Last week, in the case of National Association of Manufacturers v. Securities and Exchange Commission, the D.C. Circuit Court of Appeals held that the SEC's conflict minerals rule adopted pursuant to the Dodd-Frank Wall Street Reform and Consumer Protection Act (Dodd-Frank) violates the First Amendment "to the extent the statute and rule requires regulated entities to report to the [SEC] and state on their website that any of their products have 'not been found to be DRC conflict free.'" The appellate court rejected the appellant's arguments that the SEC's rulemaking process had violated the Administrative Procedure Act and the SEC's cost-benefit analysis failed to satisfy standards under the Securities Exchange Act of 1934. 

The SEC's conflict minerals rule implements Section 1502 of Dodd-Frank. The rule requires issuers that manufacture or contract to manufacture products for which "conflict minerals" (gold, tantalum, tin and tungsten) are necessary to functionality or production to conduct a country of origin inquiry to determine whether their conflict minerals originated in the Democratic Republic of the Congo or adjoining countries or are from recycled or scrap sources. If an issuer determines that its necessary conflict minerals originated (or has reason to believe that they may have originated) in the Democratic Republic of the Congo or an adjoining country and are not (or may not be) from recycled or scrap sources, the issuer must conduct due diligence on the source and chain of custody of its conflict minerals. Depending on the outcome of this due diligence investigation, the issuer may be required to disclose in a Form SD filed with the SEC and on its website information about the issuer's products that are found not to be DRC conflict free. "DRC conflict free" is defined under the rule to mean that a product does not contain conflict minerals necessary to functionality or production of that product that directly or indirectly finance or benefit armed groups in the Democratic Republic of the Congo or an adjoining country.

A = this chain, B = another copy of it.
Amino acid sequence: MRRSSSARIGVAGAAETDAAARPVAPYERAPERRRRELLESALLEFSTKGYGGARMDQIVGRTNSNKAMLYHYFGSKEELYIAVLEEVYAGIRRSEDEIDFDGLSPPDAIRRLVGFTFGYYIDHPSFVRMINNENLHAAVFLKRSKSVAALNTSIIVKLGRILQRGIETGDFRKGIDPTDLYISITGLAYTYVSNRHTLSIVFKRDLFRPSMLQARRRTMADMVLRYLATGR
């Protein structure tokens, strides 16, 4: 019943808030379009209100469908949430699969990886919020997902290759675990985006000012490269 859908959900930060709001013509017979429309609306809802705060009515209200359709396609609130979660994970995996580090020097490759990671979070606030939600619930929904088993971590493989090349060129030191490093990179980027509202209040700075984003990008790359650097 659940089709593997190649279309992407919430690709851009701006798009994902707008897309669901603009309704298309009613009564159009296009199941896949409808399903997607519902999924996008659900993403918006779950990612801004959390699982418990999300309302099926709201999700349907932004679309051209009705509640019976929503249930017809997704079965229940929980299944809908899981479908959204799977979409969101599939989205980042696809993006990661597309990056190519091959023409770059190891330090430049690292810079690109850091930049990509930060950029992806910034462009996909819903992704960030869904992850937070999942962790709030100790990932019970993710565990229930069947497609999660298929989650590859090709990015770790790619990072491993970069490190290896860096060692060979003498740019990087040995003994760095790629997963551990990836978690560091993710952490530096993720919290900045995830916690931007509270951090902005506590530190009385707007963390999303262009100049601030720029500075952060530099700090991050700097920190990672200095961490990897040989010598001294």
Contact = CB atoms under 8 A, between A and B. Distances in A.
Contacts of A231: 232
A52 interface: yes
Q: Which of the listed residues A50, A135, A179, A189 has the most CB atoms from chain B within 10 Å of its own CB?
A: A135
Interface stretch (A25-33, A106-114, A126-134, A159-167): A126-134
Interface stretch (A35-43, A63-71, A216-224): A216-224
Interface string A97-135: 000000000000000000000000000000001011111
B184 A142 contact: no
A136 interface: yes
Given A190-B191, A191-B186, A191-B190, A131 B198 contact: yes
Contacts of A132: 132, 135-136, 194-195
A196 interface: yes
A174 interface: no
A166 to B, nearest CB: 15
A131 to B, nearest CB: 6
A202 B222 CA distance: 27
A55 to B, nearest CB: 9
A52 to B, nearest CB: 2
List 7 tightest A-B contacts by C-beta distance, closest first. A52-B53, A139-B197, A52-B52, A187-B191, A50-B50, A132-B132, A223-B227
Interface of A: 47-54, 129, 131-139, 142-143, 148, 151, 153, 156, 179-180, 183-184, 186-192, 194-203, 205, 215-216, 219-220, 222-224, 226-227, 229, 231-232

The National Association of Manufacturers court found that that the conflict minerals rule violated the First Amendment because the requirement that issuers characterize their products as not "DRC conflict free" constituted impermissible compelled speech. The lower court had upheld the conflict minerals rule by applying a "rational basis" standard of review. The appellate court summarized prevailing case law as permitting the application of a rational basis standard only to disclosure of "purely factual and uncontroversial information" in cases involving consumer deception. Neither party had suggested that the conflict minerals rule was intended to address consumer deception. The court found, moreover, that the disclosure requirements under the conflict minerals rule went beyond purely factual, non-idealogical information and compelled an issuer to "confess blood on its hands" by conveying moral responsibility for the Congo war, thereby interfering with the issuer's exercise of freedom of speech under the First Amendment. The court found that the rule could not be upheld on the basis of an intermediate standard of review, which would have required a showing that the rule was narrowly tailored and that a reasonably tailored, less restrictive means of accomplishing the rule's purpose would have failed, because the SEC had provided no evidence to support such a conclusion. The case was remanded to the district court for further proceedings. 

The immediate impact of the appellate court's ruling cannot be determined and is dependent on the SEC's responsive measures, which have not yet been made clear. The SEC could, among other things, seek judicial review of the decision, request a rehearing en banc, engage in further rulemaking to bring the conflict minerals rule into harmony with the decision or issue interpretive guidance. Given these uncertainties, companies that are subject to the conflict minerals rule should continue to take steps to timely comply with the rule's many surviving provisions and meet existing filing deadlines.